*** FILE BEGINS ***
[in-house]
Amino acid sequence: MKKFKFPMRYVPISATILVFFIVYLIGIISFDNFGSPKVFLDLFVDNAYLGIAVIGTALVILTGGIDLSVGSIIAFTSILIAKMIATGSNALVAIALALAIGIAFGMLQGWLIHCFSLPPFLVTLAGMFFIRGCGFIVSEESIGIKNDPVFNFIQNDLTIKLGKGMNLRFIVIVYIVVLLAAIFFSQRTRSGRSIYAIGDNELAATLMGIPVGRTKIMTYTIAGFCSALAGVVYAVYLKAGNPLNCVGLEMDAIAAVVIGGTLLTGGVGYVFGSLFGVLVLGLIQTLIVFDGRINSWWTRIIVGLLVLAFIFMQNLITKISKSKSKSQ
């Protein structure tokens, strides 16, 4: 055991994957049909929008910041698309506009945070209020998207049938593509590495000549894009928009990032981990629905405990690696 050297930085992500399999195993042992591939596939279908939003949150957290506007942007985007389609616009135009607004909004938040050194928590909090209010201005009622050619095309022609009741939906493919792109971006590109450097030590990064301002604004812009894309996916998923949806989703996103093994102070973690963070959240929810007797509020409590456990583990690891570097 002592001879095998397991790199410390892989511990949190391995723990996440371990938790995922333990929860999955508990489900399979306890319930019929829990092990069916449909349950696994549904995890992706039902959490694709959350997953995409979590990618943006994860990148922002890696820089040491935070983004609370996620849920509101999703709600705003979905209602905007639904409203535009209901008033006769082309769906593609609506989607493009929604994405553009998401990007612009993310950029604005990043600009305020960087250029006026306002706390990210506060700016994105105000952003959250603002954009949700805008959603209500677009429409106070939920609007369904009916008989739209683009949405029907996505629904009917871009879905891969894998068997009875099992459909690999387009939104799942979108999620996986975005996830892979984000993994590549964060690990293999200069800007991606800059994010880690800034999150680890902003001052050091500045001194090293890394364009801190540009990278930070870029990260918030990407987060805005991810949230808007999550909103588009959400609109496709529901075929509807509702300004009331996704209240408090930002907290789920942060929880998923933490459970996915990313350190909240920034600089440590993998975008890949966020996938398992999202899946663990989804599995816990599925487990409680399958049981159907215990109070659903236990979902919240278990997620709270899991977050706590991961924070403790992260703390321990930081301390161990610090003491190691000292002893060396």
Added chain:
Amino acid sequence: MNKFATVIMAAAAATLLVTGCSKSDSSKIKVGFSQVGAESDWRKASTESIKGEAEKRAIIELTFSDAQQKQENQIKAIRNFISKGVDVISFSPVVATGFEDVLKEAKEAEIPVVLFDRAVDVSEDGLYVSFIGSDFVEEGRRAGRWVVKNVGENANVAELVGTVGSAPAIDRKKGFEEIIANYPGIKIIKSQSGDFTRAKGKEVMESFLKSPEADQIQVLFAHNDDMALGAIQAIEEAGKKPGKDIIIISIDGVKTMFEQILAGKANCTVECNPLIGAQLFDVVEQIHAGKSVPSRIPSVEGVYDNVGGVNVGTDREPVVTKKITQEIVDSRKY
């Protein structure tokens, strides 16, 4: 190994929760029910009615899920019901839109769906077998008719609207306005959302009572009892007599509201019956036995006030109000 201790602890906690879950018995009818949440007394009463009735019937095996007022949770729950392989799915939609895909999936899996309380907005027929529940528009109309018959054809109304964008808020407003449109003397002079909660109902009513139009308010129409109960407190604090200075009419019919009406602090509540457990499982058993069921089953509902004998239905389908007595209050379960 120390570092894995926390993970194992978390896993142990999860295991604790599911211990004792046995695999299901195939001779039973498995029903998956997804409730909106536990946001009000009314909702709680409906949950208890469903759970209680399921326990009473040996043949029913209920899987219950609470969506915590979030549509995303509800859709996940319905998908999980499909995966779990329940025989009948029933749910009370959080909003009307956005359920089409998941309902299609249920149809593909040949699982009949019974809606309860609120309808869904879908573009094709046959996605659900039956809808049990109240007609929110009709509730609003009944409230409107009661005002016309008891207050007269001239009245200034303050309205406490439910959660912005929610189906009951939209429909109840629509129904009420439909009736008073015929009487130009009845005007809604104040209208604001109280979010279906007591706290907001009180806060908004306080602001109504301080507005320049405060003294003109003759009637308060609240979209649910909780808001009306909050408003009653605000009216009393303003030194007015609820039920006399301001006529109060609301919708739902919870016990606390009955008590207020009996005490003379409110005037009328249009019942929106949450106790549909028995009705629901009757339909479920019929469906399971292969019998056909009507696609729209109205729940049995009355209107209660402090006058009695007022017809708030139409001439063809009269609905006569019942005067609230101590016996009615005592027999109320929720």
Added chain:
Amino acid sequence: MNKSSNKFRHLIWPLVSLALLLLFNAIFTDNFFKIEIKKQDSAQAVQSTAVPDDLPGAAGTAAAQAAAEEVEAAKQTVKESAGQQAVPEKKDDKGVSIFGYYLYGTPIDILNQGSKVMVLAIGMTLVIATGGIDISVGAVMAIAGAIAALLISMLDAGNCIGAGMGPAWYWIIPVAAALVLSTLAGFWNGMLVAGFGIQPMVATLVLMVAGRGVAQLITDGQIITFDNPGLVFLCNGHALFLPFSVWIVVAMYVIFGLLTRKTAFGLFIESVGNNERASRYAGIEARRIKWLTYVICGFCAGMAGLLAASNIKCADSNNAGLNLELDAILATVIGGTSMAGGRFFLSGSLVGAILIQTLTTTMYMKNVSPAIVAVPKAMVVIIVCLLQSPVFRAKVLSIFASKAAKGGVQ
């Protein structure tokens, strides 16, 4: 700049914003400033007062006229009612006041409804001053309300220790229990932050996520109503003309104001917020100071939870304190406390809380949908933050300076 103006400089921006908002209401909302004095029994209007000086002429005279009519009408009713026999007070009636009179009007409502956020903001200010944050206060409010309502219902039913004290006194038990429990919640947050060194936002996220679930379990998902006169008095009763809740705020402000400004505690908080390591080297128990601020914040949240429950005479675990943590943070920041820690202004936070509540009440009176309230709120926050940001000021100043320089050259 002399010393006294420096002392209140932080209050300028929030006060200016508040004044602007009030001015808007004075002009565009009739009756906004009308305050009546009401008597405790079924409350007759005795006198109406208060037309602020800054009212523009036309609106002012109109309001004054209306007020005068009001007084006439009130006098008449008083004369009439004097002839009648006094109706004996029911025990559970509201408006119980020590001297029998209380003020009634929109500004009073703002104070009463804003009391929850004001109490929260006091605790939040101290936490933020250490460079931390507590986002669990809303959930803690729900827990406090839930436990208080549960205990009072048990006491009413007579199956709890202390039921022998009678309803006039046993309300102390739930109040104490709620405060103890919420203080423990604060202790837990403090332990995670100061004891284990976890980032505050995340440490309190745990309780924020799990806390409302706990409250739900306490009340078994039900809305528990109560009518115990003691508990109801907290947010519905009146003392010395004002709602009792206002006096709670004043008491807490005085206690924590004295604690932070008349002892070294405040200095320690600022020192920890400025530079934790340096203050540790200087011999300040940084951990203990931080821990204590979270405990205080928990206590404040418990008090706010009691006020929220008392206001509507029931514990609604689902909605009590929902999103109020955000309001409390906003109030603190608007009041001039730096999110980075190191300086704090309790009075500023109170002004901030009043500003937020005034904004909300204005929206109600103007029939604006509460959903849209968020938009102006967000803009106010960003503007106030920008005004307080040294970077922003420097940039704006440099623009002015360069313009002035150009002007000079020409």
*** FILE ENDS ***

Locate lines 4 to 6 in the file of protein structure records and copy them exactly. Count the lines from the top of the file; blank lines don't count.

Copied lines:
Added chain:
Amino acid sequence: MNKFATVIMAAAAATLLVTGCSKSDSSKIKVGFSQVGAESDWRKASTESIKGEAEKRAIIELTFSDAQQKQENQIKAIRNFISKGVDVISFSPVVATGFEDVLKEAKEAEIPVVLFDRAVDVSEDGLYVSFIGSDFVEEGRRAGRWVVKNVGENANVAELVGTVGSAPAIDRKKGFEEIIANYPGIKIIKSQSGDFTRAKGKEVMESFLKSPEADQIQVLFAHNDDMALGAIQAIEEAGKKPGKDIIIISIDGVKTMFEQILAGKANCTVECNPLIGAQLFDVVEQIHAGKSVPSRIPSVEGVYDNVGGVNVGTDREPVVTKKITQEIVDSRKY
């Protein structure tokens, strides 16, 4: 190994929760029910009615899920019901839109769906077998008719609207306005959302009572009892007599509201019956036995006030109000 201790602890906690879950018995009818949440007394009463009735019937095996007022949770729950392989799915939609895909999936899996309380907005027929529940528009109309018959054809109304964008808020407003449109003397002079909660109902009513139009308010129409109960407190604090200075009419019919009406602090509540457990499982058993069921089953509902004998239905389908007595209050379960 120390570092894995926390993970194992978390896993142990999860295991604790599911211990004792046995695999299901195939001779039973498995029903998956997804409730909106536990946001009000009314909702709680409906949950208890469903759970209680399921326990009473040996043949029913209920899987219950609470969506915590979030549509995303509800859709996940319905998908999980499909995966779990329940025989009948029933749910009370959080909003009307956005359920089409998941309902299609249920149809593909040949699982009949019974809606309860609120309808869904879908573009094709046959996605659900039956809808049990109240007609929110009709509730609003009944409230409107009661005002016309008891207050007269001239009245200034303050309205406490439910959660912005929610189906009951939209429909109840629509129904009420439909009736008073015929009487130009009845005007809604104040209208604001109280979010279906007591706290907001009180806060908004306080602001109504301080507005320049405060003294003109003759009637308060609240979209649910909780808001009306909050408003009653605000009216009393303003030194007015609820039920006399301001006529109060609301919708739902919870016990606390009955008590207020009996005490003379409110005037009328249009019942929106949450106790549909028995009705629901009757339909479920019929469906399971292969019998056909009507696609729209109205729940049995009355209107209660402090006058009695007022017809708030139409001439063809009269609905006569019942005067609230101590016996009615005592027999109320929720």